The United States Geological Survey (USGS) and the Colorado Mountain Club (CMC) have certain criteria they use to qualify a peak as a Fourteener. Just because the summit of a mountain reaches 14,000 feet doesn't mean they automatically qualify. According to the guidelines, a peak must rise at least 300 feet above a "saddle" which connects it to another nearby peak. Some peaks do rise above the required 14,000 feet mark but at the low point between them and and a higher peak does not rise beyond 300 feet above sea level.

Official Fourteeners are also not independent mountains, but rather peaks that are joined together in a range.

Colorado's Giants

Number
Fourteener
Summit
Mountain Range
1
Mt. Elbert
14,433 feet
Sawatch
2
Mt. Massive
14,421 feet
Sawatch
3
Mt. Harvard
14.420 feet
Sawatch
4
Blanca Peak
14,345 feet
Sangre de Cristo
5
La Plata Peak
14,336 feet
Sawatch
6
Uncompahgre Peak
14,309 feet
San Juan
7
Crestone Peak
14,294 feet
Sangre de Cristo
8
Mt. Lincoln
14,286 feet
Mosquito
9
Grays Peak
14,270 feet
Front
10
Mt. Antero
14,269 feet
Sawatch
11
Torreys Peak
14,267 feet
Front
12
Castle Peak
14,265 feet
Elk
13
Quandary Peak
14,265 feet
Tenmile
14
Mt. Evans
14,264 feet
Front
15
Longs Peak
14,255 feet
Front
16
Mt. Wilson
14,246 feet
San Juan
17
Mt. Shavano
14,229 feet
Sawatch
18
Mt. Belford
14,197 feet
Sawatch
19
Crestone Needle
14,197 feet
Sangre de Cristo
20
Mt. Princeton
14,197 feet
Sawatch
21
Mt. Yale
14,196 feet
Sawatch
22
Mt. Bross
14,172 feet
Mosquito
23
Kit Carson Peak
14,165 feet
Sangre de Cristo
24
Maroon Peak
14,156 feet
Elk
25
Tabeguache Peak
14,155 feet
Sawatch
26
Mt. Oxford
14,153 feet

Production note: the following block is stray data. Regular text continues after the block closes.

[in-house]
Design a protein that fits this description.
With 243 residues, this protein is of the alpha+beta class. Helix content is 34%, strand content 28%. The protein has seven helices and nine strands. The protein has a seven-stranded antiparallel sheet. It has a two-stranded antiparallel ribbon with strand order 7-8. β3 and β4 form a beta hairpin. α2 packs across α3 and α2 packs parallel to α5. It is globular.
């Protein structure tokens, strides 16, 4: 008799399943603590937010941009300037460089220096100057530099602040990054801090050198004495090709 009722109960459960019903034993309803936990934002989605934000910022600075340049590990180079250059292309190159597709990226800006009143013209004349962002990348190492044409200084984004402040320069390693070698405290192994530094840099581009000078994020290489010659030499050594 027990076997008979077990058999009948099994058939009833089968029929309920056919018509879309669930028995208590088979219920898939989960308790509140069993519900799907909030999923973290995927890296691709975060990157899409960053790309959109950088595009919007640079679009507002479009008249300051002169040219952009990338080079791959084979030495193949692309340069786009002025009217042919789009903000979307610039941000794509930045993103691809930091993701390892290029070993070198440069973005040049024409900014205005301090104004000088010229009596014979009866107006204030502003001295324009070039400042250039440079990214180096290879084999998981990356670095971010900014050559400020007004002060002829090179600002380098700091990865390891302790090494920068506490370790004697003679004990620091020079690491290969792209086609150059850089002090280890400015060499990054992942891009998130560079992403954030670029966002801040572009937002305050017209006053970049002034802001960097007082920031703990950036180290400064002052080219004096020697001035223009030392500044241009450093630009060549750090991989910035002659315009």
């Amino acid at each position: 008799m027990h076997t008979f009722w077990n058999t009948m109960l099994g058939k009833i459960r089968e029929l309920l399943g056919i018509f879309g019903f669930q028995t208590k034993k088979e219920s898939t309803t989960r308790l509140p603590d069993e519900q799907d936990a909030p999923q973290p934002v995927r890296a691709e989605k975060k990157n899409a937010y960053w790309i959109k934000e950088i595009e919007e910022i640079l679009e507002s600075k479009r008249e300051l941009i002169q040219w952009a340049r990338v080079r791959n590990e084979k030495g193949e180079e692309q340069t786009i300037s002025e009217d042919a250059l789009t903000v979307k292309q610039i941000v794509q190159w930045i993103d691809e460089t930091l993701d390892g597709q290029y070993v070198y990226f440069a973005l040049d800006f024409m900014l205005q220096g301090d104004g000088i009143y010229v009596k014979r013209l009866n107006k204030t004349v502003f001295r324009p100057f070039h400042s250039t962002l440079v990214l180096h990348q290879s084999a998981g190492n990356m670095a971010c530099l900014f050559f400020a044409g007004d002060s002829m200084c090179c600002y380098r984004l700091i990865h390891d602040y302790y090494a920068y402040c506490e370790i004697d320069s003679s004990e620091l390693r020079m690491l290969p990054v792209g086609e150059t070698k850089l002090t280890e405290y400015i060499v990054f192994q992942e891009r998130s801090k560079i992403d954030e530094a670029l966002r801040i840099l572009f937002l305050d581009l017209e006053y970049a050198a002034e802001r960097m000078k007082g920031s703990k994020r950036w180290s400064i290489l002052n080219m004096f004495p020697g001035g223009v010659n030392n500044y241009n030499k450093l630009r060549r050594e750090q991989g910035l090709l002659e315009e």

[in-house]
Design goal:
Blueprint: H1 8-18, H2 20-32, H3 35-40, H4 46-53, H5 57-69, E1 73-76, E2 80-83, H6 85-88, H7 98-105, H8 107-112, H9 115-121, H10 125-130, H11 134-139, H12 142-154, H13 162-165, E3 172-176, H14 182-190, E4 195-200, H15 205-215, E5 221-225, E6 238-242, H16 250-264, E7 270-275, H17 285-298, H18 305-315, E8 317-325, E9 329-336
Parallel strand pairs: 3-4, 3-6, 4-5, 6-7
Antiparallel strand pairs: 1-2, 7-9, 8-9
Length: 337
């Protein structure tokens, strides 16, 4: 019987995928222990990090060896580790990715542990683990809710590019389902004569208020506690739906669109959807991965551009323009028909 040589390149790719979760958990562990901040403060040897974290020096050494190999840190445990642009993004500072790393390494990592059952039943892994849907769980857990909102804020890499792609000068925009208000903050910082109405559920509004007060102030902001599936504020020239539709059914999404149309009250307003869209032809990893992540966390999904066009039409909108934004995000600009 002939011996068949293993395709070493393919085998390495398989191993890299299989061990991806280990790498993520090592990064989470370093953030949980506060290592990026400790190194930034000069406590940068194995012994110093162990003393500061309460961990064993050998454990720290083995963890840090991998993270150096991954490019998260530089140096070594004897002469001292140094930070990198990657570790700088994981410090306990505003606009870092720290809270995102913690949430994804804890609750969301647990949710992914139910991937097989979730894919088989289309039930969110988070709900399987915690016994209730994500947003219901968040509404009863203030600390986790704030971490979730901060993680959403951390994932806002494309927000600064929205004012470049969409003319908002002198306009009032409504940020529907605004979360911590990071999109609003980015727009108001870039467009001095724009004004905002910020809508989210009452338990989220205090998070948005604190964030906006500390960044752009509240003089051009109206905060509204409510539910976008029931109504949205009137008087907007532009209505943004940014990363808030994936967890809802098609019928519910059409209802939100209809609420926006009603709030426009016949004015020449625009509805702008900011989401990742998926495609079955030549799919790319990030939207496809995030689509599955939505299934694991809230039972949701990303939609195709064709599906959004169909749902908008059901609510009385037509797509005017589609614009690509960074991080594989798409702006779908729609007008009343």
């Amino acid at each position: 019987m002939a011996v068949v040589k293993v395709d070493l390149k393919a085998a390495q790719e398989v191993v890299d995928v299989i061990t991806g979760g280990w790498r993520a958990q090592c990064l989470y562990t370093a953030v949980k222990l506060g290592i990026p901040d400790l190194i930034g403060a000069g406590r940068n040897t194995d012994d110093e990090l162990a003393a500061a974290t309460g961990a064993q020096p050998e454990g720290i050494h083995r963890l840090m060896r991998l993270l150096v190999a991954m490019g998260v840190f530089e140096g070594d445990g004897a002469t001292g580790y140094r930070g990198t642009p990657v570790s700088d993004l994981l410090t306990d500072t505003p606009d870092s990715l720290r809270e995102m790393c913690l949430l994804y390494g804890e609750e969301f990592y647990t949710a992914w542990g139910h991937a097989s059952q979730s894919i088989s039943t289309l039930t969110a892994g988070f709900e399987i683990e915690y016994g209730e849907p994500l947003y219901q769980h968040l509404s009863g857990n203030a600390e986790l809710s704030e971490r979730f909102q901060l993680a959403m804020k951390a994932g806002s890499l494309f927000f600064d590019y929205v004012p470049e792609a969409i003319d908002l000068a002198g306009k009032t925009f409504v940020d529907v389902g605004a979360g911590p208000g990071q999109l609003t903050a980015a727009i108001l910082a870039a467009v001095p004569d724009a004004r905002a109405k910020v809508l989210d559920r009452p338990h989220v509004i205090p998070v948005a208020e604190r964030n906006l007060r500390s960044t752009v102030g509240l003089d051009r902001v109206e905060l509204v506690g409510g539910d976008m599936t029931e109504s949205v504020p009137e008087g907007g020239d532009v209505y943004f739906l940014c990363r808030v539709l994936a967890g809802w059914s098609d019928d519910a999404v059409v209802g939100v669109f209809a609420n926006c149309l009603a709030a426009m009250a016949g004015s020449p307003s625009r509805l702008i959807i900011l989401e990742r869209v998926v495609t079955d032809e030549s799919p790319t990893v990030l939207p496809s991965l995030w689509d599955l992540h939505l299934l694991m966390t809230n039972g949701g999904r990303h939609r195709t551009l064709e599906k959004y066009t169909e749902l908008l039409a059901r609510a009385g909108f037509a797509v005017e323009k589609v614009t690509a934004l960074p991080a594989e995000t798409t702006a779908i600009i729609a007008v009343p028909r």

Sawatch
27
Mt. Sneffels
14,150 feet
San Juan
28
Mt. Democrat
14,148 feet
Mosquito
29
Capitol Peak
14,130 feet
Elk
30
Pikes Peak
14,110 feet
Front
31
Snowmass Mountain
14,092 feet
Elk
32
Mt. Eolus
14,083 feet
San Juan
33
Windom Peak
14,082 feet
San Juan
34
Challenger Point
14,081 feet
Sangre de Cristo
35
Mt. Columbia
14,073 feet
Sawatch
36
Missouri Mountain
14,067 feet
Sawatch
37
Humboldt Peak
14,064 feet
Sangre de Cristo
38
Mt. Bierstadt
14,060 feet
Front
39
Sunlight Peak
14,059 feet
San Juan
40
Handies Peak
14,048 feet
San Juan
41
Culebra Peak
14,047 feet
Sangre de Cristo
42
Ellingwood Point
14,042 feet
Sangre de Cristo
43
Mt. Lindsey
14,042 feet
Sangre de Cristo
44
Little Bear Peak
14,037 feet
Sangre de Cristo
45
Mt. Sherman
14,036 feet
Mosquito
46
Redcloud Peak
14,034 feet
San Juan
47
Pyramid Peak
14,018 feet
Elk
48
Wilson Peak
14,017 feet
San Juan
49
Wetterhorn Peak
14,015 feet
San Juan
50
San Luis Peak
14,014 feet
San Juan
51
Mt. of the Holy Cross
14,005 feet
Sawatch
52
Huron Peak
14,003 feet
Sawatch
53
Sunshine Peak
14,001 feet
San Juan

Unofficial Peaks

  • Mt. Cameron ~ 14,238 feet ~ Mosquito Range
  • El Diente Peak ~ 14,159 feet ~ San Juan Range
  • Conundrum Peak ~ 14,060 feet ~ Elk Range
  • North Eolus ~ 14,039 feet ~ San Juan Range
  • North Maroon Peak ~ 14,014 feet ~ Elk Range

Depending on the list you are looking at, these five peaks are sometimes included as Fourteeners even though they don't meet the USGS and CMC criteria.

For an interactive map of the Fourteeners, click here.

Protecting Colorado's Fourteeners